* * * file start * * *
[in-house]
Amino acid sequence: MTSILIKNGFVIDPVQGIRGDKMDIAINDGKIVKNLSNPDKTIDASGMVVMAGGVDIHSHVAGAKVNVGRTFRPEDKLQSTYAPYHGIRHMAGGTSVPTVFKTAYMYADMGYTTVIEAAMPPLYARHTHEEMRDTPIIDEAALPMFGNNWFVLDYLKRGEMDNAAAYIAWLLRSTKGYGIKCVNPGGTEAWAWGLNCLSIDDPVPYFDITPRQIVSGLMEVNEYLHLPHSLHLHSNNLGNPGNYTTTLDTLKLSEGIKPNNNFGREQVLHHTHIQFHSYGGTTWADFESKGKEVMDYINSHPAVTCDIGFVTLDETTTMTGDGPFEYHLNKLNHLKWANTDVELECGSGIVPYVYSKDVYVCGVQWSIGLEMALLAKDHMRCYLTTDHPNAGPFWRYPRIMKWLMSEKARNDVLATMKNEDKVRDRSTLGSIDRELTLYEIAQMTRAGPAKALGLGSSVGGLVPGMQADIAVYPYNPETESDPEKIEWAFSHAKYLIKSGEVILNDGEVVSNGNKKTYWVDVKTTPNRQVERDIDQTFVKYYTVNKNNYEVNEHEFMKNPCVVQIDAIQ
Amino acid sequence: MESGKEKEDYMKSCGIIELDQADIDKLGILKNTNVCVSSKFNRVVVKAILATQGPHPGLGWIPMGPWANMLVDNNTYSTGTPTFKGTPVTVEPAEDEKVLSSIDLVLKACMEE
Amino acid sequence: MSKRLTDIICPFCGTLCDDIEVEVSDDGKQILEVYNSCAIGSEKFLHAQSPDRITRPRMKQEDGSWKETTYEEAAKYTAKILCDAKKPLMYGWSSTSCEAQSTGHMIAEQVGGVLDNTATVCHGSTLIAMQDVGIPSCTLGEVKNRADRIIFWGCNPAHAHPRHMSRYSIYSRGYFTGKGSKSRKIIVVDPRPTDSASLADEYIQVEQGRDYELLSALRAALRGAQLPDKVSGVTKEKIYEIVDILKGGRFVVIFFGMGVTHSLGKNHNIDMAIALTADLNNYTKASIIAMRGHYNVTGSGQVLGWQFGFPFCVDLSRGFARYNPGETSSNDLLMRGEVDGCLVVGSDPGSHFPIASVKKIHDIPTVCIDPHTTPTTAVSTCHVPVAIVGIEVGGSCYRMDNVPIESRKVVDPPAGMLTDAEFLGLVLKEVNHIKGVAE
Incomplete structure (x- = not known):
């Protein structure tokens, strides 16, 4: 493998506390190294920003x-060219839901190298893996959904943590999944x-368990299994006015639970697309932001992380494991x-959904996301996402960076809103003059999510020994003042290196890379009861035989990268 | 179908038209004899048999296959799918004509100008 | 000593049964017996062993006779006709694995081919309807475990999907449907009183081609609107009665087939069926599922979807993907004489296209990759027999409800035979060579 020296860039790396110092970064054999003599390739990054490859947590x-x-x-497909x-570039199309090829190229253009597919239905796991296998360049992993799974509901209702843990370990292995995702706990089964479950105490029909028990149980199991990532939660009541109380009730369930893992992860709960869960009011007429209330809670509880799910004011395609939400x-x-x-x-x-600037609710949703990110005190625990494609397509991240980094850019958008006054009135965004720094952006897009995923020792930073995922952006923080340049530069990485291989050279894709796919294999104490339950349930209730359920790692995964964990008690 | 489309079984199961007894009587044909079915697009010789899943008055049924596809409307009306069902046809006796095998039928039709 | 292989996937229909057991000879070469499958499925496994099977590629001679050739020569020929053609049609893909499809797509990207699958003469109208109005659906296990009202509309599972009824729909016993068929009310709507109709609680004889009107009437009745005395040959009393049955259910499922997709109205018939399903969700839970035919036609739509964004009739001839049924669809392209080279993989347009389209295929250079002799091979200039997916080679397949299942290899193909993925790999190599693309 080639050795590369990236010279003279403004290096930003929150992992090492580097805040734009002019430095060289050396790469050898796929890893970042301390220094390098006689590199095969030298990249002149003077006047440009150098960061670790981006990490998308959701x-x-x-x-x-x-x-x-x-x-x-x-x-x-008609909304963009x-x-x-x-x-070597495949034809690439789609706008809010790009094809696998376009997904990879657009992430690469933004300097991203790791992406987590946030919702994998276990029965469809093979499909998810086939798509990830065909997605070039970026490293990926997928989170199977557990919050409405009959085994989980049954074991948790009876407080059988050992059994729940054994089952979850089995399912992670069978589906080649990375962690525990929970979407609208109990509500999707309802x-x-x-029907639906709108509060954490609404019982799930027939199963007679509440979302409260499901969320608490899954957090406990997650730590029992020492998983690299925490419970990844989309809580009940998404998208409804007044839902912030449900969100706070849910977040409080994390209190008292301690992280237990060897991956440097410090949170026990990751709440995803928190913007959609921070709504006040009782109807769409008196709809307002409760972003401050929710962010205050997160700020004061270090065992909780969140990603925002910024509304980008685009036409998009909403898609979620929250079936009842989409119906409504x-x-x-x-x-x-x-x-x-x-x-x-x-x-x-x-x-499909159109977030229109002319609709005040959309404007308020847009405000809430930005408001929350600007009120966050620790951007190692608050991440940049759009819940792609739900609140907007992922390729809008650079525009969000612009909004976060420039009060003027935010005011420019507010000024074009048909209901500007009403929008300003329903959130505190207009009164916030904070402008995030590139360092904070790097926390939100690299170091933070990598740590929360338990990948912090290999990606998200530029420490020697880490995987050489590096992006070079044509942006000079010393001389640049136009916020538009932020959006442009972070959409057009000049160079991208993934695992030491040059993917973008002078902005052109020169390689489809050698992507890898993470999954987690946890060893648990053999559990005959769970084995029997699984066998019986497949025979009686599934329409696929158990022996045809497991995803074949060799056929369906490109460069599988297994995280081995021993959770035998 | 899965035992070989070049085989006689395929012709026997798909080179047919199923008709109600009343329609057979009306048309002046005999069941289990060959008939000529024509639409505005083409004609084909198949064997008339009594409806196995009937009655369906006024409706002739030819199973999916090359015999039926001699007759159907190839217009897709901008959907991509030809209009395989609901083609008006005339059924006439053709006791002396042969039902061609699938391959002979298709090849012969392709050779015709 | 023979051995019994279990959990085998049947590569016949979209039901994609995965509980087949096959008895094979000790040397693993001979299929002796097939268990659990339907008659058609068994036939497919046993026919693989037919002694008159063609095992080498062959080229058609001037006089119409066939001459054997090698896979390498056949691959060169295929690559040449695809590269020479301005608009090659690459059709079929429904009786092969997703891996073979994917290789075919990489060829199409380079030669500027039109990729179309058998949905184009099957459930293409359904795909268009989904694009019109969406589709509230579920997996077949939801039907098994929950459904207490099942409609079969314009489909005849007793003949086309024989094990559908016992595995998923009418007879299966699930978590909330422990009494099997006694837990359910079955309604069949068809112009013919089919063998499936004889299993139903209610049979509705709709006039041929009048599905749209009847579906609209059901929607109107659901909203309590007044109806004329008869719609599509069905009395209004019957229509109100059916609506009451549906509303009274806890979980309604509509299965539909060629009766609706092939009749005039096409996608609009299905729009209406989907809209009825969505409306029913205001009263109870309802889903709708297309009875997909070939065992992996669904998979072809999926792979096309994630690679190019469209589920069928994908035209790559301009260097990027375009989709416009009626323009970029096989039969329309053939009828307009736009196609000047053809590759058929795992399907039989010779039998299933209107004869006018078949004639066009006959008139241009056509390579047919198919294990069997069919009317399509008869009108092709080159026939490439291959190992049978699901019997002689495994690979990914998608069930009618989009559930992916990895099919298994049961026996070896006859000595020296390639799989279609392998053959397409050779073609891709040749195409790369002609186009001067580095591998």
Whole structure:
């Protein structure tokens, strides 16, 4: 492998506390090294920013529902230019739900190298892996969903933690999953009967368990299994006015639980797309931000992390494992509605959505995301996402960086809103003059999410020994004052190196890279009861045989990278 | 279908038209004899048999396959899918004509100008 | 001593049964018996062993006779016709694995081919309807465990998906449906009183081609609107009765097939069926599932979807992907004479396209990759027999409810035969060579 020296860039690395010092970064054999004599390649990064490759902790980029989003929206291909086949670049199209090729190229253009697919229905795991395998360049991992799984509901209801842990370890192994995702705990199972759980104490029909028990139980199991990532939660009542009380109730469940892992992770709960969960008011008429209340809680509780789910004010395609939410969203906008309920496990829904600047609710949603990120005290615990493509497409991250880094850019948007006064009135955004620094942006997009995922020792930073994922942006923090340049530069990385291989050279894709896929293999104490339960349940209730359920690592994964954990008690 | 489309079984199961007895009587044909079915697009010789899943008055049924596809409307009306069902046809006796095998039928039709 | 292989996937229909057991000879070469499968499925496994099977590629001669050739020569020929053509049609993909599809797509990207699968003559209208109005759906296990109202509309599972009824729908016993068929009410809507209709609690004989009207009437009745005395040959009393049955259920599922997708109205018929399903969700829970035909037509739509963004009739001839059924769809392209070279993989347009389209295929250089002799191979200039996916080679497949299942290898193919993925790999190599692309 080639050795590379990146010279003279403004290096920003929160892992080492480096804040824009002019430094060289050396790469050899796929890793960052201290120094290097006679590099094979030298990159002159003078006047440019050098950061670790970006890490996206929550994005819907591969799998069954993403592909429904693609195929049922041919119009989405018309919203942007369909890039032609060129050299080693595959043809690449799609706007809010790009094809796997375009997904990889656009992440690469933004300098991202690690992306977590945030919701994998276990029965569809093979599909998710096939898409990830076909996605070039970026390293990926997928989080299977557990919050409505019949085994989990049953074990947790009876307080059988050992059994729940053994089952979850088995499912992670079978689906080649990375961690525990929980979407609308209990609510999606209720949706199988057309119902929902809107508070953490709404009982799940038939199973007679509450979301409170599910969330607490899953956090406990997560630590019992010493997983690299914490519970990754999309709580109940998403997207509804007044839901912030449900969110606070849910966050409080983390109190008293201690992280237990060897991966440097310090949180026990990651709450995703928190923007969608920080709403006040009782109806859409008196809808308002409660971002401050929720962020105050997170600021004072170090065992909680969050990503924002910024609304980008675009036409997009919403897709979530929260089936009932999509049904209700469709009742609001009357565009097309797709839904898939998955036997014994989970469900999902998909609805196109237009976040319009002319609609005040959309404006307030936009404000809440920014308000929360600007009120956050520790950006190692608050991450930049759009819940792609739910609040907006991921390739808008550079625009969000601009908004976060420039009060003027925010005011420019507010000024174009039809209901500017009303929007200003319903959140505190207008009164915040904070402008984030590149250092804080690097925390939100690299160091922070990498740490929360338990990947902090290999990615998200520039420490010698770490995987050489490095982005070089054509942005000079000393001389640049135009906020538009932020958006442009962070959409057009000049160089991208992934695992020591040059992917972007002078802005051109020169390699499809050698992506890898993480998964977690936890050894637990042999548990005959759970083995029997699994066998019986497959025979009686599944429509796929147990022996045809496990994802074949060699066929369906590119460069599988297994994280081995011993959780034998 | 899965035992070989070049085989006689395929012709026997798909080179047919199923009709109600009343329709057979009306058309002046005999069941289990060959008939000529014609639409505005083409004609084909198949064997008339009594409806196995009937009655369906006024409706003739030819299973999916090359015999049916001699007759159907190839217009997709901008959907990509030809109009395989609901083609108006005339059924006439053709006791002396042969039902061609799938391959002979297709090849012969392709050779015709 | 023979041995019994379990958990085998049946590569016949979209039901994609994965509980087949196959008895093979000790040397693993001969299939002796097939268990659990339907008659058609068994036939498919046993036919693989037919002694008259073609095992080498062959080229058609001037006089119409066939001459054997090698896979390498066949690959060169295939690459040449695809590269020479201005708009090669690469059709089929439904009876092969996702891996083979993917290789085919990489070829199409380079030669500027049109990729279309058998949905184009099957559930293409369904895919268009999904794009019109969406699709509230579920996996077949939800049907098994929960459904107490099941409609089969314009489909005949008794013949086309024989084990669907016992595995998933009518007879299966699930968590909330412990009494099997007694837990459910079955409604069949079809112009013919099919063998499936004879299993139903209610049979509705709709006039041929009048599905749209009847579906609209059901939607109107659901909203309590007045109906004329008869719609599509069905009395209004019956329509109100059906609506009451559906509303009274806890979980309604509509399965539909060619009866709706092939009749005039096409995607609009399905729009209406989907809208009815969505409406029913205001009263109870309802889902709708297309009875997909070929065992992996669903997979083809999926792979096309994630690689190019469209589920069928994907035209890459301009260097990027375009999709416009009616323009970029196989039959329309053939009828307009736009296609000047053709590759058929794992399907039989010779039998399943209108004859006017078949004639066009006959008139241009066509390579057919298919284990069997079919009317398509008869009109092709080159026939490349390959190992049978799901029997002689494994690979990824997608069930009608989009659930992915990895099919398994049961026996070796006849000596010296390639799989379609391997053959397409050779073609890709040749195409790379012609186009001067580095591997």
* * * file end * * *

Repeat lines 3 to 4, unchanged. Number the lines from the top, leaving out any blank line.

Amino acid sequence: MESGKEKEDYMKSCGIIELDQADIDKLGILKNTNVCVSSKFNRVVVKAILATQGPHPGLGWIPMGPWANMLVDNNTYSTGTPTFKGTPVTVEPAEDEKVLSSIDLVLKACMEE
Amino acid sequence: MSKRLTDIICPFCGTLCDDIEVEVSDDGKQILEVYNSCAIGSEKFLHAQSPDRITRPRMKQEDGSWKETTYEEAAKYTAKILCDAKKPLMYGWSSTSCEAQSTGHMIAEQVGGVLDNTATVCHGSTLIAMQDVGIPSCTLGEVKNRADRIIFWGCNPAHAHPRHMSRYSIYSRGYFTGKGSKSRKIIVVDPRPTDSASLADEYIQVEQGRDYELLSALRAALRGAQLPDKVSGVTKEKIYEIVDILKGGRFVVIFFGMGVTHSLGKNHNIDMAIALTADLNNYTKASIIAMRGHYNVTGSGQVLGWQFGFPFCVDLSRGFARYNPGETSSNDLLMRGEVDGCLVVGSDPGSHFPIASVKKIHDIPTVCIDPHTTPTTAVSTCHVPVAIVGIEVGGSCYRMDNVPIESRKVVDPPAGMLTDAEFLGLVLKEVNHIKGVAE